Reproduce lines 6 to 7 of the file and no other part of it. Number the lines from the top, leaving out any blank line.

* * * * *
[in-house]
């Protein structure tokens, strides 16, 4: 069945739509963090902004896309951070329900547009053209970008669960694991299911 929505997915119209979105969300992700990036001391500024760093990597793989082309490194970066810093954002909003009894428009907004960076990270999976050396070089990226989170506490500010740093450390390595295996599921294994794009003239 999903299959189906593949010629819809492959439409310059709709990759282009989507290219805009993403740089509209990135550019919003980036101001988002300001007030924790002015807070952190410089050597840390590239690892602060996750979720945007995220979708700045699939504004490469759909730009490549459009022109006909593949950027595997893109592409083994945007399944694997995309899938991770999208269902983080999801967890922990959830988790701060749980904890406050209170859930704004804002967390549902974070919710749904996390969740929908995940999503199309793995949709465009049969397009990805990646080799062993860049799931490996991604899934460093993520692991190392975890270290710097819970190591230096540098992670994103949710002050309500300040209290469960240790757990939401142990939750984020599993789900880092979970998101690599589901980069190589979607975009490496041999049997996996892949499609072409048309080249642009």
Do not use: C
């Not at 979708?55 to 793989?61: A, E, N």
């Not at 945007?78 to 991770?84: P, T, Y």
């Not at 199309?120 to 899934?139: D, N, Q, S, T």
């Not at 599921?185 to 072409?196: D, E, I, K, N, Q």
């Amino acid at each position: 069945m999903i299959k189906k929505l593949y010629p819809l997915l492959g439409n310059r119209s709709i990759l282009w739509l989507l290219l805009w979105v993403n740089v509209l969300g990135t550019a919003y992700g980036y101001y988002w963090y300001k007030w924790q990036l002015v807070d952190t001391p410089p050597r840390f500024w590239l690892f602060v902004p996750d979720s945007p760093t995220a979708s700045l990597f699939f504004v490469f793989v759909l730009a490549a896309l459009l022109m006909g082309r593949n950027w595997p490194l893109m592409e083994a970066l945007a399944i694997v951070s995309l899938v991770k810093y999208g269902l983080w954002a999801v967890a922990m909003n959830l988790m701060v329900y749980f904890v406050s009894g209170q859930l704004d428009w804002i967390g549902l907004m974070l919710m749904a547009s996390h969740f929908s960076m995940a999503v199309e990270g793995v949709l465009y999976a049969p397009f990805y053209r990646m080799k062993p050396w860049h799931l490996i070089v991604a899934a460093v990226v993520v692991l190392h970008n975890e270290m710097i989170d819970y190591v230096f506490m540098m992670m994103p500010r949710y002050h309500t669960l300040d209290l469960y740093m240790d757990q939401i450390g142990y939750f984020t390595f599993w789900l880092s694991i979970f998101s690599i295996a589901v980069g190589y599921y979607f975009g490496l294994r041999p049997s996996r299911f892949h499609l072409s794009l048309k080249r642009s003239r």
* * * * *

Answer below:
């Not at 199309?120 to 899934?139: D, N, Q, S, T």
């Not at 599921?185 to 072409?196: D, E, I, K, N, Q």